Craigslist is awesome for finding agencies. Agencies are less competitive because a lot of them will take just about anyone – but this can be to your advantage! Have no TEFL? No experience? Then an agency might be a great way to get your foot in the door. But beware; some agencies also suck, so do a little research, on here for example, before committing.

*Craigslist is also a good way to find tutoring opportunities and short-term English camps.

You can also check out Bangkok Post for job listings. I haven’t personally applied there before, but there’s a lot of great listings.

You can go into a school in person as well to give them your CV and potentially be interviewed. A lot of people online recommend this, but honestly, if you’re just starting out, then walking into a school can be super intimidating. I would recommend applying online unless you have experience teaching in Thailand.

Step 4: Interview

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Interviewing is pretty much mandatory for any position. Be prepared for your interview with these steps

1. Look sharpprobably the most important. Sadly, a lot of Thais judge you immediately by your appearance. They can decide you’re not right for the job just because you look ‘messy’. Skirts and dresses for women with a collared top are the best bet, slacks and a collared button-up for men. Shoes should be close-toed and look nice, although it’s a bit more flexible for women. No it’s not necessary, but if you want to increase your chances, dress well.

2. Plan a mock lessonthis isn’t always a requirement but on many interviews I was asked to prepare a mock lesson. Sometimes they want to just look at it, but most want you to ‘deliver’ it. It’s very easy because you will give the lesson to English speakers. Better schools almost always require this. Also, one time they did not tell me beforehand and then threw me in a live class of preschoolers to see what I could do. Yeah, it was awful.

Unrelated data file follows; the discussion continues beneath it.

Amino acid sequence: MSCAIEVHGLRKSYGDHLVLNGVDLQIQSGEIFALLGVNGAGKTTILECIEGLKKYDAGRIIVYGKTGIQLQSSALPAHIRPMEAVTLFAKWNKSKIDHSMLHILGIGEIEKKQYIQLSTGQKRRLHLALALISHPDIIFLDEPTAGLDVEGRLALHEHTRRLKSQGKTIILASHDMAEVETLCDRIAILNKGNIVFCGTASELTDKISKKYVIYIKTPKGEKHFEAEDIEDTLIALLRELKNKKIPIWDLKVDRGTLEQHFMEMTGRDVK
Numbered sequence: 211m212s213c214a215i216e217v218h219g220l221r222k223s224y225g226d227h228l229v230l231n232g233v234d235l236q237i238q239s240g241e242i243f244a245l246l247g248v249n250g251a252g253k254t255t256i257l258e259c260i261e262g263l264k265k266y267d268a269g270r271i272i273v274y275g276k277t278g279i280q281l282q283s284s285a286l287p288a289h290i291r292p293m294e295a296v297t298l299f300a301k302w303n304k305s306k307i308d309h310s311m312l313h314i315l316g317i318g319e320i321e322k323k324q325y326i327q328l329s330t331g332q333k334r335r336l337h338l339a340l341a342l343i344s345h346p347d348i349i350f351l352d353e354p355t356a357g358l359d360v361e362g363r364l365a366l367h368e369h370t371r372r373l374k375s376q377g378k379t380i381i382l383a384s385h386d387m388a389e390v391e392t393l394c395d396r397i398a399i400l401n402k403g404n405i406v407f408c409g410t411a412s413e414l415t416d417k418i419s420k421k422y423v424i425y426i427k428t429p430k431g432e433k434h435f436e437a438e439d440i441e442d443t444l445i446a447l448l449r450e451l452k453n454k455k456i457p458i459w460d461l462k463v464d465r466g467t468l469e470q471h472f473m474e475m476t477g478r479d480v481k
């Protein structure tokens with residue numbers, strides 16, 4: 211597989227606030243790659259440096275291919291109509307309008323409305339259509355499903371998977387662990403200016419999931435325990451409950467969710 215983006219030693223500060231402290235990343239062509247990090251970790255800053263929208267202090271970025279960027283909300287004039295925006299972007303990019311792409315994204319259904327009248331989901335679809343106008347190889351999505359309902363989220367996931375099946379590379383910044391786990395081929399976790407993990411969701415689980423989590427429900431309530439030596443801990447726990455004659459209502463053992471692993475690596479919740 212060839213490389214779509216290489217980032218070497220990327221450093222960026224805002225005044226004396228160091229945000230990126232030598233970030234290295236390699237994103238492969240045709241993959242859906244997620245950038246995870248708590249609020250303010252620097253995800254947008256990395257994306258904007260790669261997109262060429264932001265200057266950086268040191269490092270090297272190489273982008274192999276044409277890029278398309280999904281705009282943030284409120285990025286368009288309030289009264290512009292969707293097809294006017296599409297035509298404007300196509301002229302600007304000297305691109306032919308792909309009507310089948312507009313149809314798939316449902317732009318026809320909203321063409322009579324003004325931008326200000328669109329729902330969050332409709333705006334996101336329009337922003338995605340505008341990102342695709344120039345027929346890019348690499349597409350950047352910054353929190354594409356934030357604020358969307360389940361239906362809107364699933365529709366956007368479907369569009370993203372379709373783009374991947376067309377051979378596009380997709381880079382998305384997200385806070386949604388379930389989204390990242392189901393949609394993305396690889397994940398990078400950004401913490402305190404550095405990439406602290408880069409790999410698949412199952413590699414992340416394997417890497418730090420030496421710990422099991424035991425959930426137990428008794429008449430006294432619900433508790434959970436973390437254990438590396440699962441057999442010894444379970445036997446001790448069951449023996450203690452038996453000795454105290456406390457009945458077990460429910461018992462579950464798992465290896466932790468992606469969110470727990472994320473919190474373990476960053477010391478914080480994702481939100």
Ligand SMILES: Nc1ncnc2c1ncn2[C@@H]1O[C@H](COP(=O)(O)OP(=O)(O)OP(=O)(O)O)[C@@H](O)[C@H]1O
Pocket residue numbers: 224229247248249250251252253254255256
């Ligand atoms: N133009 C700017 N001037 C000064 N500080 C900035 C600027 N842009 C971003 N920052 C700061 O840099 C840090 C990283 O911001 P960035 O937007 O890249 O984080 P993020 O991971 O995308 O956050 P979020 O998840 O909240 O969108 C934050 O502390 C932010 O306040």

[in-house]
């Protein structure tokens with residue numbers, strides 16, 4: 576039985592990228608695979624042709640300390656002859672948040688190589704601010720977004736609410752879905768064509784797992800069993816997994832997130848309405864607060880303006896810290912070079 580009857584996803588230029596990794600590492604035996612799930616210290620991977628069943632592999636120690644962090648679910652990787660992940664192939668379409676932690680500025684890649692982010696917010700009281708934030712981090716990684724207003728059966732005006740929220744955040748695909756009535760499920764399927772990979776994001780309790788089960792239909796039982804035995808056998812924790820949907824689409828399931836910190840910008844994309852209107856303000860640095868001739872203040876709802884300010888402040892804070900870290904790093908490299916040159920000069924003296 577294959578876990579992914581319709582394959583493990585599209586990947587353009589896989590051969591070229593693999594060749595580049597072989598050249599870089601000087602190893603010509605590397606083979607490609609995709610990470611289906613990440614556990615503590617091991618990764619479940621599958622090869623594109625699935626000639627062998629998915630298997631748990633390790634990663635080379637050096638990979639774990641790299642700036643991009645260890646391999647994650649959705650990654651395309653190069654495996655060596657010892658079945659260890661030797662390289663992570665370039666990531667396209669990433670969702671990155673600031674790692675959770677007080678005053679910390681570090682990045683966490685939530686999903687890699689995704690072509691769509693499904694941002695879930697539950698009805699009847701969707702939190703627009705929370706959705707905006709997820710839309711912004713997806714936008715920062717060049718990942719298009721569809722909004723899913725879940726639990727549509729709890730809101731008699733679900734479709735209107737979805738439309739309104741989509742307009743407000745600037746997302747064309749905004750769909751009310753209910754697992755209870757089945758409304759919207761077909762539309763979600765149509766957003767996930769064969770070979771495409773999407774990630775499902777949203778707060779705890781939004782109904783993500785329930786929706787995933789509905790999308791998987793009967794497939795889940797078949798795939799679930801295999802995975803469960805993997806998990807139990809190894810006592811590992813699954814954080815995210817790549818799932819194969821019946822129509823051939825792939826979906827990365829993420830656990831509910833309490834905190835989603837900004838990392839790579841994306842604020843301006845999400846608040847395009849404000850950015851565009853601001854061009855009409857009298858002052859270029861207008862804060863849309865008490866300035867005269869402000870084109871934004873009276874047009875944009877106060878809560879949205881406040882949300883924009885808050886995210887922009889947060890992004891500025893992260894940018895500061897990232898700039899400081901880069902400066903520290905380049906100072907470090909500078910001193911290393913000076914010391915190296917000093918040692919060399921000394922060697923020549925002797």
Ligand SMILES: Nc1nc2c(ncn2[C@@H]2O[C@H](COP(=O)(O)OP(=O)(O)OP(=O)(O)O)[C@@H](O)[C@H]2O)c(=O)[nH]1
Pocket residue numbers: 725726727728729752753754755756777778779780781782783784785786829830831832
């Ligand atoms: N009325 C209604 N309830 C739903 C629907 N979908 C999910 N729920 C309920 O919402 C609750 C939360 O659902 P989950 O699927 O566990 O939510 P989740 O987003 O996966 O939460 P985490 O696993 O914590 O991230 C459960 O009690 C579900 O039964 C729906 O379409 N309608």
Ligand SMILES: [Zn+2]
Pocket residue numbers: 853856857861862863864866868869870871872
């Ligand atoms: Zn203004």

3. Have copies of your CV, degree, passport, etc. on handmaybe this should be obvious, but I foolishly walked into a couple of interviews empty-handed. They already had all of my documents, why would they need a second copy? Nope. A lot of my interviewers didn’t know anything about me, they just had my name on a list. Kind of ridiculous, yes, but it will be much easier for you to be prepared! And if you want to sign a contract right there and then, having all of your docs will make it easier.

Step 4: Accept a Position

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If/when you are offered a job, make sure you take some time to think about it.

ALWAYS negotiate your pay. A lot of newbies are a bit naïve (like me) and don’t realize you should always ask for a little more. They offer you 32,000? Ask for 34,000. If the say no, then oh well, at least you tried!

Also, make sure these questions are answered, so you know what is expected of you:

1. Paid holidays? (public holidays at a government or private school absolutely SHOULD be paid, though summer and fall breaks may not be).

2. Teaching hours expected per week (this should never be more than 23-24)

3. Breaking contract – are there penalties? How much notice is necessary? This can get you out of sticky situations if you have an awful school and want to quit without being penalized